Sunday, July 15, 2012

Scammer Who Ran Short Sale Ripoff By Recycling Homes Earlier Used In Straw Buyer Racket Cops Plea, Then Points Prosecutorial Spotlight Onto Cohorts

In New Haven, Connecticut, the New Haven Independent reports:

  • A young entrepreneur who struck it rich in New Haven real estate in his early 20s only to land in federal investigators’ crosshairs admitted to a judge that he broke the law—as Part II of a massive mortgage fraud case begins to take center stage. Menachem Joseph “Yossi” Levitin made the guilty plea [last week] in U.S. District Court in Bridgeport. He copped to committing mail fraud, wire fraud and bank fraud.

    He faces up to 30 years in jail and $20 million in fines for helping arrange to bilk lenders out of $10 million while leaving a trail of rundown New Haven properties. As part of Thursday’s plea deal, Levitin will give up ownership in 19 properties and forfeit about $160,000.

    The feds arrested him in 2010. They seized 51 of his properties—properties he and allies bought with the proceeds from alleged mortgage scams on 40 other properties perpetrated between October 2006 and November 2008.

    However, since then Levitin has remained in business as the feds have continued building a case against his alleged co-conspirators, two of whom were subsequently indicted last October.
  • A New Haven Realtor, Charles Lesser, also pleaded guilty to the same charges in the case Thursday. Lesser, who’s 30, acted as a broker in “at least 20 fraudulent transactions” connected to at least $2.8 million in lender losses, according to the government.

    How long Levitin and Lesser might have to spend in jail may depend on whether, and to what extent, they have been cooperating with the federal investigation.(1) Levitin’s case, and those of the others indicted, will come before U.S. District Court Judge Janet Hall. Hall is scheduled to sentence Levitin on Sept. 26.

    Which means months of waiting—and pressure—in the meantime. Levitin is believed to face enormous pressure, both from government prosecutors making cases against other targets, and from the tight-knit New Haven Chasidic community in which he was raised.
  • According to the federal complaint in the Levitin case, he and his partners ran two alleged scams, according to the feds: “seller assistance scams” and “short sale scams.”

    Here’s how the former allegedly worked: Levitin found owners eager to unload rundown properties. He allegedly acted as a middleman—agreeing on a sales price; finding a buyer; arranging for the appraisal. He got an appraiser to prepare an appraisal document for $30,000 to $145,000 more than the value of the house. He allegedly had a sale document drawn up to reflect the higher, pretend price.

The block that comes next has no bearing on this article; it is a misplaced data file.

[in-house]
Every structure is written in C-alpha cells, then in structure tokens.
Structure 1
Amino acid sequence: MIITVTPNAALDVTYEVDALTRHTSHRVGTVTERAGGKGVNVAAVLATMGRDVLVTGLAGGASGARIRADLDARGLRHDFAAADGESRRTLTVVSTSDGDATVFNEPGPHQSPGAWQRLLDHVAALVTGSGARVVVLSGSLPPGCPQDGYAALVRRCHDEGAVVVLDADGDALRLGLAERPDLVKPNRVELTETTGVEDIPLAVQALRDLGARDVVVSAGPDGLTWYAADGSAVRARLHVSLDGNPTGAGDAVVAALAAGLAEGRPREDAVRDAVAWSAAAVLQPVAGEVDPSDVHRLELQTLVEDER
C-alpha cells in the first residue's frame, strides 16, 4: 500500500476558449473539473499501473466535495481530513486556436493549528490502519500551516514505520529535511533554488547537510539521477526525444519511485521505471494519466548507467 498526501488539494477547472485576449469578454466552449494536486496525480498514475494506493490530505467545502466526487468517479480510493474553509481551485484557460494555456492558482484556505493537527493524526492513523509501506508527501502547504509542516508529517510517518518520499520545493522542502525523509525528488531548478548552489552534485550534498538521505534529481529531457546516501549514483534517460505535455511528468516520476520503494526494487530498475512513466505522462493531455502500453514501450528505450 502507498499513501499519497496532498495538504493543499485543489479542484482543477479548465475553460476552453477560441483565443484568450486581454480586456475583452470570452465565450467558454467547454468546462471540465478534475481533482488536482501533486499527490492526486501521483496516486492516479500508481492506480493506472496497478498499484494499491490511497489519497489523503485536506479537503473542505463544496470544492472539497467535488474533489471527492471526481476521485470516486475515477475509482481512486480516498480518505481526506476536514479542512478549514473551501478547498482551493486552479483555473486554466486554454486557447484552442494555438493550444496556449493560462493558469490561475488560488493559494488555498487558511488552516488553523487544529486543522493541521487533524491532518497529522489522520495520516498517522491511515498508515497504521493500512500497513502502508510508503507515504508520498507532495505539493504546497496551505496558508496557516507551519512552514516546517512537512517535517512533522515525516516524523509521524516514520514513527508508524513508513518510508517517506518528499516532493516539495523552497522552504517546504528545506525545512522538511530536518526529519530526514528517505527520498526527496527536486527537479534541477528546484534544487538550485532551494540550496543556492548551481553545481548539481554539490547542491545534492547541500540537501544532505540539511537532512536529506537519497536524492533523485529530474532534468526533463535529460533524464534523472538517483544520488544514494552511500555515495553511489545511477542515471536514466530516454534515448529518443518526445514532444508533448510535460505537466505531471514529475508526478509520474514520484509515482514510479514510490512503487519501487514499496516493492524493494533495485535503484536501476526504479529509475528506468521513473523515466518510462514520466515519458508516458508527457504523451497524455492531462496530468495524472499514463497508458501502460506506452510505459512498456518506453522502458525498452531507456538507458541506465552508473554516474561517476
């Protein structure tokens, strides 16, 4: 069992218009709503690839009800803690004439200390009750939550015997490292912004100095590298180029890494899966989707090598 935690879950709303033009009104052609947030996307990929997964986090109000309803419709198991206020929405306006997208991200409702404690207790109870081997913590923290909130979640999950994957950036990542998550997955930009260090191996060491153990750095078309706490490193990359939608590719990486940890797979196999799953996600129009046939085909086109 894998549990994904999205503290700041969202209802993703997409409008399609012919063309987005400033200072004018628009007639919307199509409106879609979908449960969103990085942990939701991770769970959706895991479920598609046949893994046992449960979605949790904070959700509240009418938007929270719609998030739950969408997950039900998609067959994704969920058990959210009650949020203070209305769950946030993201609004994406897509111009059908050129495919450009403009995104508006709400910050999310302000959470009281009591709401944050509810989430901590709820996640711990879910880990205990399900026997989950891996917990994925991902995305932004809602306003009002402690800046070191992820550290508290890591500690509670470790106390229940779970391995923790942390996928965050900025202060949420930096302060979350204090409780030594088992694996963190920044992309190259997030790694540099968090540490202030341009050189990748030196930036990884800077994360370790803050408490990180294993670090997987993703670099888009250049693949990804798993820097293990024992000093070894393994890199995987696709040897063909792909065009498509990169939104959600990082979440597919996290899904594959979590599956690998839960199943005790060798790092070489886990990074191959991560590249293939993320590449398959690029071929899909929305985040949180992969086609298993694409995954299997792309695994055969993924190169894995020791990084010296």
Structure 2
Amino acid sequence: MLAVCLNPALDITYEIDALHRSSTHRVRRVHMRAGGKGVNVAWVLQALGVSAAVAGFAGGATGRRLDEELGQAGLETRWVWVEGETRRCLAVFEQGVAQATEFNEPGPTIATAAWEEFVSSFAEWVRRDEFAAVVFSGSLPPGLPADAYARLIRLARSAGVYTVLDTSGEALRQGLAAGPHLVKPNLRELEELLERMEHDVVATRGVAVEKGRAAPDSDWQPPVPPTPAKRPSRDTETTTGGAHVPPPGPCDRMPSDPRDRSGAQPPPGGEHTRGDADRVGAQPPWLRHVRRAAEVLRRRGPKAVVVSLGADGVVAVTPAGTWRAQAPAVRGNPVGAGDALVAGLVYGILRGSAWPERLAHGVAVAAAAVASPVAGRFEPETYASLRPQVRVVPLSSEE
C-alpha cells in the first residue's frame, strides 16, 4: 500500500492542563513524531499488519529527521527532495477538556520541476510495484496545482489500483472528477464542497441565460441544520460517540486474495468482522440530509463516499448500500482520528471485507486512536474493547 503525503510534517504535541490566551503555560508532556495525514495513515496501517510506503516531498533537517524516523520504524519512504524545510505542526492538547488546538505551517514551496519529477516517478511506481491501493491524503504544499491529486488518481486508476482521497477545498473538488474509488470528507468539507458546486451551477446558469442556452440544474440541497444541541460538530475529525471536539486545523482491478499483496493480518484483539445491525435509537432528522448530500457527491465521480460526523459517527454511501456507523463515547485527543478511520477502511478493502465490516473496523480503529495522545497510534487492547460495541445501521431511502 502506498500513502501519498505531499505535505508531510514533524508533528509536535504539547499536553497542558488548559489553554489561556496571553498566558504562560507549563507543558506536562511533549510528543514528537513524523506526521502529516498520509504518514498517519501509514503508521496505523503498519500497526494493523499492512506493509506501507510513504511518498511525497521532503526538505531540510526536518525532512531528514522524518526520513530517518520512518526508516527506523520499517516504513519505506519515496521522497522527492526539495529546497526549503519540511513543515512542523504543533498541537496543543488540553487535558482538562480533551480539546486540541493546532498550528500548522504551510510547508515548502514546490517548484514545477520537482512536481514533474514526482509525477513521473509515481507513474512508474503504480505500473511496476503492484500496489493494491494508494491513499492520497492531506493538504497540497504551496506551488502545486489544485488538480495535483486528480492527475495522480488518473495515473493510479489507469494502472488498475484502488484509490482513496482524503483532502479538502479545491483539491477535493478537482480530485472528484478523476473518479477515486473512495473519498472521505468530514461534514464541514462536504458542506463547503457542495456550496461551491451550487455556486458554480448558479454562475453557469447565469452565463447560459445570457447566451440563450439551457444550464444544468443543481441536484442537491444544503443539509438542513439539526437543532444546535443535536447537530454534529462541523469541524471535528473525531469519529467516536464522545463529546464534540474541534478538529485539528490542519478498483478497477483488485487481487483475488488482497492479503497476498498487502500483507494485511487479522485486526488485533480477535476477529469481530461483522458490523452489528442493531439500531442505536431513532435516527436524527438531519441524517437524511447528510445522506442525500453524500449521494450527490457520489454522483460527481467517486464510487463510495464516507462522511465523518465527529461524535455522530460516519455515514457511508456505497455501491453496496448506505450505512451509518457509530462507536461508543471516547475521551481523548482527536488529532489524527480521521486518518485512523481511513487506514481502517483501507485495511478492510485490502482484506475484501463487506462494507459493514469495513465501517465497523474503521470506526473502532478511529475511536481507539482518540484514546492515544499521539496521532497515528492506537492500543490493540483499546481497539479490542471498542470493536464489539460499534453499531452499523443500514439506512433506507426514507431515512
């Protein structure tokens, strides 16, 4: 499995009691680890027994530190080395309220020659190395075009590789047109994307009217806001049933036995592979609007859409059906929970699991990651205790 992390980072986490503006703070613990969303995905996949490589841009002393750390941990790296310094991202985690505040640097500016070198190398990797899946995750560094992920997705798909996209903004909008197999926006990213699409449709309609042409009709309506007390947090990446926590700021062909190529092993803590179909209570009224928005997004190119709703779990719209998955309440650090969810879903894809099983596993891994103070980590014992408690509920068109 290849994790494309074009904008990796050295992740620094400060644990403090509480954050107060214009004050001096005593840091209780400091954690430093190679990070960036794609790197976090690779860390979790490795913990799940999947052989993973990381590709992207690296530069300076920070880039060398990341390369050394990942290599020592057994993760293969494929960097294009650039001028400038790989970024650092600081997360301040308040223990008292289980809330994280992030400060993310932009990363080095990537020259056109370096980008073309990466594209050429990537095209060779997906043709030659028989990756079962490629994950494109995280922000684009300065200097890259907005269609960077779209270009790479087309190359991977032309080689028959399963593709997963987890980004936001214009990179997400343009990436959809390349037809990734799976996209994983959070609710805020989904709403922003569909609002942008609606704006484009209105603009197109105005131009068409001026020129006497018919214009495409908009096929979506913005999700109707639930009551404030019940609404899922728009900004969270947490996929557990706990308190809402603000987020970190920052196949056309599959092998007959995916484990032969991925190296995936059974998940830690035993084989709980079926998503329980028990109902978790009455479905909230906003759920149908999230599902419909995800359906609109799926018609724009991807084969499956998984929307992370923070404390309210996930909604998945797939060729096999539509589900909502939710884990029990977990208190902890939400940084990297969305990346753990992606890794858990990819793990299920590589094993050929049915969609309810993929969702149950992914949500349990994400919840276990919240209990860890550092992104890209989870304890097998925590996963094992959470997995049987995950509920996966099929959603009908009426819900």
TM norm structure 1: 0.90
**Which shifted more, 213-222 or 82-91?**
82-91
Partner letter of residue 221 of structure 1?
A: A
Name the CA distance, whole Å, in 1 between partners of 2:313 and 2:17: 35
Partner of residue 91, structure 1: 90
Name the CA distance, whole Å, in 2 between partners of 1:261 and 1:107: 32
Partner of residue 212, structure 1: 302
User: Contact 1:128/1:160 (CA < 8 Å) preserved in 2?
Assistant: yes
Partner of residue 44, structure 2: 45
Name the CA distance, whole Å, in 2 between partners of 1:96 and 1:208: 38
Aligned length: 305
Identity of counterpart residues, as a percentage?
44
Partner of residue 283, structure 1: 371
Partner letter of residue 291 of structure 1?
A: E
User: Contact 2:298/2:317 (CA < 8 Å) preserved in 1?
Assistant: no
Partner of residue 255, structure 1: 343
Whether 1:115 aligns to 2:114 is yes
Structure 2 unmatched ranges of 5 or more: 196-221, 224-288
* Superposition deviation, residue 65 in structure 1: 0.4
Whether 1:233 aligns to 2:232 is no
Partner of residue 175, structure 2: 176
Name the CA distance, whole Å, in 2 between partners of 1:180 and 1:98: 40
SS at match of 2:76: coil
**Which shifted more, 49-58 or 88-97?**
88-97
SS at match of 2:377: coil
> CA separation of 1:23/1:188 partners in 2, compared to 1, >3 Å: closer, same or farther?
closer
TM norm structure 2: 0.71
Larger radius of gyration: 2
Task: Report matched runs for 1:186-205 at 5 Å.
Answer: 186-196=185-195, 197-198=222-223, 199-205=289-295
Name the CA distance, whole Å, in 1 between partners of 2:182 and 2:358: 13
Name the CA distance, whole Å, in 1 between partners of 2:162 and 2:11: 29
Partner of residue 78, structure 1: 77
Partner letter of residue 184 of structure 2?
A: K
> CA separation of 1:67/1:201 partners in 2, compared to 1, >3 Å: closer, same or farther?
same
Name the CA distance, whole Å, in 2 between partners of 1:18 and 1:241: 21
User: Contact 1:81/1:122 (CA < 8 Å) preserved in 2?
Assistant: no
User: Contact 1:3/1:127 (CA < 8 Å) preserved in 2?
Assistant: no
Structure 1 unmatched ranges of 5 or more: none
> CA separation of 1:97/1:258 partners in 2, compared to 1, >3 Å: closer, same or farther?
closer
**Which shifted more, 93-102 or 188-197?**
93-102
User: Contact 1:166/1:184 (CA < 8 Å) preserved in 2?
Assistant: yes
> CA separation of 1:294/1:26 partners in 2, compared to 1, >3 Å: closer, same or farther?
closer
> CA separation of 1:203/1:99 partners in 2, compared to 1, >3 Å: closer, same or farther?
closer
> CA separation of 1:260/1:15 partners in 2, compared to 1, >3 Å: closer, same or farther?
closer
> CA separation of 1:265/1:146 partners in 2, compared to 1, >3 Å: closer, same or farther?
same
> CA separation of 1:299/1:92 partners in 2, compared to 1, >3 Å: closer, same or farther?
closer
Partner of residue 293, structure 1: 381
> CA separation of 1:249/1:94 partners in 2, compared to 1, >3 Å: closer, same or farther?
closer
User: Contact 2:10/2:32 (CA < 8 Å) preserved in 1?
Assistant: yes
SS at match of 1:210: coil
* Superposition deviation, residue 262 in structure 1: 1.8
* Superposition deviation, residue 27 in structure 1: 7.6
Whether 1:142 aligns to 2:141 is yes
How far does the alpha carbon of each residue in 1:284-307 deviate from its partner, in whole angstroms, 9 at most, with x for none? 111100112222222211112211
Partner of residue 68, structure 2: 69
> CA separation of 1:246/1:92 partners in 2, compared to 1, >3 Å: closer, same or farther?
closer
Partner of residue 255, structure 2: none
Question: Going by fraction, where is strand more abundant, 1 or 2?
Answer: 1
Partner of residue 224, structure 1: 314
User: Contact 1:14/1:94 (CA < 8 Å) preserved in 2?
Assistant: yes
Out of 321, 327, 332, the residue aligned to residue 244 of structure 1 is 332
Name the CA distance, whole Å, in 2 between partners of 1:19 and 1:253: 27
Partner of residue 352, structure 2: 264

The fraudulent documents, plus fake leases and rent payment records, were used to obtain mortgages at the inflated price. The alleged schemers allegedly pocketed the difference between the real sales price and the inflated price.

    Meanwhile, the new owner wouldn’t pay the mortgage. The lender would foreclose; it wouldn’t be able to sell the house for the inflated value of the mortgage.

    That problem—a house with a mortgage higher than its value—has plagued properties throughout New Haven neighborhoods, leaving them empty and deteriorating. The situation opened the door for another scam the Levitin crew allegedly undertook: the short sales.

    Levitin would allegedly step in and offer to take the property off the lender’s hands for less money than the mortgage was worth. The lender, wishing to cut its losses, would agree, unaware that Levitin had allegedly orchestrated the whole deal.
  • Much of the case is built around secret recordings and other information provided by an unidentified undercovercooperating witness” who allegedly bought properties through Levitin.
For the story, see Scammer Pleads Guilty.

(1) Another example of squealing schemers abandoning a 'sinking conspiratorial ship', winning the race to the prosecutor's office and seeking to take down fellow co-conspirators by 'throwing them under the bus' to score a better break on a plea deal. As noted by one learned Federal judge in referring to the not-uncommon 'race to the prosecutor's office' that breaks out among participants in an 'about-to-fall-apart' criminal conspiracy:

  • "When a conspiracy is exposed by an arrest or execution of search warrants, soon-to-be defendants know that the first one to "belly up" and tell what he knows receives the best deal. The pressure is to bargain and bargain early, even if an indictment has not been filed." United States v. Moody, 206 F.3d 609, 617 (6th Cir. 2000) (Wiseman, J., concurring).

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